•Ensuring the usability of SharePoint 2010 will involve a process of examination, testing and refining by applying usability methodology.
◦This must include 508 compliance which has been overlooked for years but is now a core requirement for many organizations (especially government)
This all falls under governance, no surprise, but instead of just throwing around the G word, think true “Operational Governance” and a living breathing Governance strategy that aligns with your organization’s roadmap.

Myself and my team and EPC Group constantly discuss how an enterprise SharePoint project touches just about every area of an organization. Usability \ user experience is one that is not always on the forefront of peoples thoughts but it should be

Thursday, October 13, 2011

My Site Implementations in SharePoint 2010 - A Best Practice

Original Article posted on EPC Group's SharePoint Expert Blog Profile which can be seen at the following AIIM.ORG Link: http://www.aiim.org/community/blogs/expert/My-Site-Implementation-in-SharePoint-2010-e28093-A-Best-Practices-Strategy


A SharePoint 2010 Enterprise initiative must be approached in a manner to ensure it is implemented with a “Platform Strategy” and “SharePoint as a Service” in mind. This not only includes the implementation of a Document Management \ Records Management SharePoint 2010 enterprise initiative in mind but all of the other facets that SharePoint 2010 bring to an organization.

I speak with business leaders and CIOs\IT Directors on a regular basis during my day-to-day activities at EPC Group and one question I continue to hear from many organizations is, “what is your opinion on how we could successful roll out SharePoint 2010 My Sites to our organization and how many other similar companies like ours are rolling it out”? The answer is currently about 60\40 in that 60% of organizations are rolling out My Sites and 40% are in a “wait and see” pattern and are struggling with legal & compliance or leadership who have serious concerns about rolling out My Sites.

I always discuss with client, in terms of a record, what is the difference between an email or a post on a My Site? Is there really any difference in the two from a legal perspective and unless the organization regularly monitors a large subset of employees emails, which is rare. My Sites are my more easily monitored and governable. In this, SharePoint 2010 My Site Governance is key and some initial core areas of consideration should be:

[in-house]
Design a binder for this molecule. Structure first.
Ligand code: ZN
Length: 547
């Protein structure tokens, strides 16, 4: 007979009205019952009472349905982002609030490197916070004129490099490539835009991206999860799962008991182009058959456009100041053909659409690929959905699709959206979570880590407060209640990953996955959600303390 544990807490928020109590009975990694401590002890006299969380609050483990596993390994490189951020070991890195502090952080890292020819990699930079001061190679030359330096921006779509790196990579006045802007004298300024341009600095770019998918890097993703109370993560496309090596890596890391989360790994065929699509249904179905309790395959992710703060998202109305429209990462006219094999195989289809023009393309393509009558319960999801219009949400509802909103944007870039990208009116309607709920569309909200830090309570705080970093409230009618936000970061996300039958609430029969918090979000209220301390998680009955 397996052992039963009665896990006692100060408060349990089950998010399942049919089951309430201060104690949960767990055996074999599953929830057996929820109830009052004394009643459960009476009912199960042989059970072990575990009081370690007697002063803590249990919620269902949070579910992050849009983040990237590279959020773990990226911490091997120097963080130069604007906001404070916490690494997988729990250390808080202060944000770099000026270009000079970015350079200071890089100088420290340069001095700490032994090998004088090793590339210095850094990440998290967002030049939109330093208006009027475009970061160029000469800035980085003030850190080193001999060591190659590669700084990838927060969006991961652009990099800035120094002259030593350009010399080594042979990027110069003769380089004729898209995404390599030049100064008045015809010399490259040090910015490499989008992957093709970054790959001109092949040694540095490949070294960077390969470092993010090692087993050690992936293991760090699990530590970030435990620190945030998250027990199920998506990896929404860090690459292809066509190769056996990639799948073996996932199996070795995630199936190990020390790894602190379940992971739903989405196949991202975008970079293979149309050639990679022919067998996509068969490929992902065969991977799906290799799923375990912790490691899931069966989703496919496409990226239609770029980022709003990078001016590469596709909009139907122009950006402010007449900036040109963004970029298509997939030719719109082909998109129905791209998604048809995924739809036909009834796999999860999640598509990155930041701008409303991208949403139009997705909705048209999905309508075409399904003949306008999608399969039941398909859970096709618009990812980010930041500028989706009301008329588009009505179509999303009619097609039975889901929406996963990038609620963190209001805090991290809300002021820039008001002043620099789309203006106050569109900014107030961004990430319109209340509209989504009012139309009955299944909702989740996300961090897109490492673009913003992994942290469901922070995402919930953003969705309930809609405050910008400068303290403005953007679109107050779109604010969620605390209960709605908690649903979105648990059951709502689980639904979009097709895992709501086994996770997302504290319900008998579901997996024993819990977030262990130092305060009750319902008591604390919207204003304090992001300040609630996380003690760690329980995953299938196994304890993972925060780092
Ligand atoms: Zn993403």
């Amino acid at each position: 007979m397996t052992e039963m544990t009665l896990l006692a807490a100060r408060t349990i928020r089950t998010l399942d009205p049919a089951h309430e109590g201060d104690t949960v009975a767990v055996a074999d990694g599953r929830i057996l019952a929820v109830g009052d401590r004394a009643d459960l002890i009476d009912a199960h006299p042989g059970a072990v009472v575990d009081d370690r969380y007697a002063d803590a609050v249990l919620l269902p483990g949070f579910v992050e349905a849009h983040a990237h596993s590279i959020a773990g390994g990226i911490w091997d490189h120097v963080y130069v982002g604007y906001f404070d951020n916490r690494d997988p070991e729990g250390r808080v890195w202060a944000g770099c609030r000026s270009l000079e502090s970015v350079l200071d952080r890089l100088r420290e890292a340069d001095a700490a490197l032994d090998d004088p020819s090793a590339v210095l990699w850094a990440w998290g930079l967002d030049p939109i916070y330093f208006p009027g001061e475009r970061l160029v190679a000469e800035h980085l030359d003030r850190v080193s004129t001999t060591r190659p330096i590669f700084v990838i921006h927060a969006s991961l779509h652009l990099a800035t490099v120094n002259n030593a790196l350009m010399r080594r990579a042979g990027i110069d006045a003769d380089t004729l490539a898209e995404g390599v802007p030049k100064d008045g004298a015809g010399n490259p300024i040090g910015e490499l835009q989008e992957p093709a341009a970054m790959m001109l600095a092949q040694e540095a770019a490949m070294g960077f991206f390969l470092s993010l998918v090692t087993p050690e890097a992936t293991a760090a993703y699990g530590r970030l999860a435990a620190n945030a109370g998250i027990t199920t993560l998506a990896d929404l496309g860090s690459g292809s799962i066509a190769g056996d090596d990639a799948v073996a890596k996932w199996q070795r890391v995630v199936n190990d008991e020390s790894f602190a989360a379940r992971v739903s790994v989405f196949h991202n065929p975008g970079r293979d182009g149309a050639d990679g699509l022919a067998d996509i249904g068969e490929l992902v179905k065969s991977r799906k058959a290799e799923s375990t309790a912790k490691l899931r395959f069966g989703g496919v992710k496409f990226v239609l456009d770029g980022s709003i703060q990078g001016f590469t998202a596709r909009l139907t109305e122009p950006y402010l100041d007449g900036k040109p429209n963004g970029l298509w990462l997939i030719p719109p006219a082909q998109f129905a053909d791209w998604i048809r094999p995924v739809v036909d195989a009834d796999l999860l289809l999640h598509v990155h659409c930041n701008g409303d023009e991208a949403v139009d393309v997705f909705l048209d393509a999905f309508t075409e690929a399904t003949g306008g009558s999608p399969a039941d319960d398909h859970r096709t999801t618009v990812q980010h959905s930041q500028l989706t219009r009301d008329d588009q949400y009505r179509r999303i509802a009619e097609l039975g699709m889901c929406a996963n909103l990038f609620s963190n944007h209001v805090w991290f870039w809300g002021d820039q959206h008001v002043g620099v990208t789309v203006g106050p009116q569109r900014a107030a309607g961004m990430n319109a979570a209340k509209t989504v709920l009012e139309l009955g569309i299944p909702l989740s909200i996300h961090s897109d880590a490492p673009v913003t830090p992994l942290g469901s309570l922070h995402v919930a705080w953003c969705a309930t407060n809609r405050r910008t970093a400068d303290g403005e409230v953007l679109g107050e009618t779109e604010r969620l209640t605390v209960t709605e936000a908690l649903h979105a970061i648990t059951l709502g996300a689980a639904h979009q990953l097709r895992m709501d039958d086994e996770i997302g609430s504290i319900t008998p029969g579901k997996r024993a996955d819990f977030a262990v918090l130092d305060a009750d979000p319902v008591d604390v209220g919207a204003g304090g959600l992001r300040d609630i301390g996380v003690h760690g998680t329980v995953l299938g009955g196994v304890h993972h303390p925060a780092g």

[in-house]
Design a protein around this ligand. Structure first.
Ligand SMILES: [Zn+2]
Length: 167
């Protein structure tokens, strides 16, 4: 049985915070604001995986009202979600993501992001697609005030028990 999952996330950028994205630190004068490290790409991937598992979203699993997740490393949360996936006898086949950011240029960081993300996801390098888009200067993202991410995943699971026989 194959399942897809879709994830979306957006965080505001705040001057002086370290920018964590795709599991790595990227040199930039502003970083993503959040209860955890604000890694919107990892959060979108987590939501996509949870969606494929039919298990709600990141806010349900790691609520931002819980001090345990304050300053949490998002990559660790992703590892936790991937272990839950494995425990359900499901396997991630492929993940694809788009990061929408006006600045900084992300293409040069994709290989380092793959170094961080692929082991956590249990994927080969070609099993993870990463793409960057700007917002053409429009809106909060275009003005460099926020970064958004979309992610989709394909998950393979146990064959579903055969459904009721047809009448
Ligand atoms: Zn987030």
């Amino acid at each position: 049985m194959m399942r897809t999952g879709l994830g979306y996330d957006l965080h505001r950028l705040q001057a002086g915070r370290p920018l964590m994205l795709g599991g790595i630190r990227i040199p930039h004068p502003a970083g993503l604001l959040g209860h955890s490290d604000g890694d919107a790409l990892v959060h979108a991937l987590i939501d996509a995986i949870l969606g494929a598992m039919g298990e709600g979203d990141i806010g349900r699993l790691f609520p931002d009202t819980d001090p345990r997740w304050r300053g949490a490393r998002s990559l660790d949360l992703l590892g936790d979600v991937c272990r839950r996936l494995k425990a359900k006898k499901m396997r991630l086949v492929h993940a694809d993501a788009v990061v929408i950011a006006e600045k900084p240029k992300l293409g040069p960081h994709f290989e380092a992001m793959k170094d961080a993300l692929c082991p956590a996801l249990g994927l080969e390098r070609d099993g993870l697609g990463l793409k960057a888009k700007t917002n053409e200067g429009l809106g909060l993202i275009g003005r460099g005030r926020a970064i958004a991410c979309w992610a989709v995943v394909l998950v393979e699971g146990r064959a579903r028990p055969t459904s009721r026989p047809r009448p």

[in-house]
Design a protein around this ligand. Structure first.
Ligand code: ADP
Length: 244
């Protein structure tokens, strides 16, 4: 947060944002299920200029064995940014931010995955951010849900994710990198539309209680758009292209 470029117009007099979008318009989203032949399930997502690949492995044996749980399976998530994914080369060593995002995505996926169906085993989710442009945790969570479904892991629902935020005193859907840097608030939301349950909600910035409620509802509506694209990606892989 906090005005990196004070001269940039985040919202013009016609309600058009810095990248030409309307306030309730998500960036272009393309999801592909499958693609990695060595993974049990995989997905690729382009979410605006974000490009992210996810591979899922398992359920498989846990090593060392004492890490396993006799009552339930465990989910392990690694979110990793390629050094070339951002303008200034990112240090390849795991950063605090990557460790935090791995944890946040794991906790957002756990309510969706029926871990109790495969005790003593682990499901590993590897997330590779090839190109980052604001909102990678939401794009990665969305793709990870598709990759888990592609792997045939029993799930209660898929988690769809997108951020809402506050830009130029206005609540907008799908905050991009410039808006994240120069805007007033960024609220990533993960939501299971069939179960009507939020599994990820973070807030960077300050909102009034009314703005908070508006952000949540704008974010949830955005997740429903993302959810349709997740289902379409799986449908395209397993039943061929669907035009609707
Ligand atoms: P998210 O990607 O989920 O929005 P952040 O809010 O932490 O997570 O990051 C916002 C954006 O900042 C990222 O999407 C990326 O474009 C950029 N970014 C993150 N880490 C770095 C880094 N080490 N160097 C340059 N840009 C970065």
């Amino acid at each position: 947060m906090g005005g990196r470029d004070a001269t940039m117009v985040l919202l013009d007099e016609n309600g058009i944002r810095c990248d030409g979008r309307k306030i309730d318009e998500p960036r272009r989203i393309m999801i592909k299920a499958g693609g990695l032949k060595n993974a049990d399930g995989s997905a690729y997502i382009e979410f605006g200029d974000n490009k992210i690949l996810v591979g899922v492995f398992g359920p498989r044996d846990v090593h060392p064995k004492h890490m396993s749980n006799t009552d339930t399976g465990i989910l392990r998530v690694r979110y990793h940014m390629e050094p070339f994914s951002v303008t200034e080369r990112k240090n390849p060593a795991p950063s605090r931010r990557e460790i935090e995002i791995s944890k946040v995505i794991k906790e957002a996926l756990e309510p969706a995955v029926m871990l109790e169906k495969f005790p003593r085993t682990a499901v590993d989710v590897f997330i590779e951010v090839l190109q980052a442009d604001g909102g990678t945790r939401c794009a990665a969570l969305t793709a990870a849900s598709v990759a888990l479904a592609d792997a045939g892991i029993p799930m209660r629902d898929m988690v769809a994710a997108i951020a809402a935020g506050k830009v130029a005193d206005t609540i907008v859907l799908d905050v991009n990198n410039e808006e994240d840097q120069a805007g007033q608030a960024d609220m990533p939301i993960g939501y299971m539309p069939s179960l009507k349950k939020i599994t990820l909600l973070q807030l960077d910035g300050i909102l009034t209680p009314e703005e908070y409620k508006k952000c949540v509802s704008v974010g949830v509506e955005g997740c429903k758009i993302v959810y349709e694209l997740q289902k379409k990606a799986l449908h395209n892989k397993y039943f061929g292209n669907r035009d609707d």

•All My Site Public View content must contain only work-related material. This includes work-related documents, discussions, pictures, links, calendar events, and related content.
•No My Site Public View content can contain any confidential or private data. If the organization would not allow all users within the company with a domain login to view this information, consider whether it should be on your My Site Public View.
•Content pertaining to human resources or legal (sensitive in nature) is typically considered confidential and should not be listed on My Site Public View.
•No PII or PHI (personal health information) information should ever be present in My Sites
◦PII: Organization may differ on what PII they may consider PII data. Data about an individual that could potentially identify that person, such as a name, fingerprints or other biometric data, email address, street address, telephone number or social security number. A subset of PII is PIFI (personally identifiable financial information).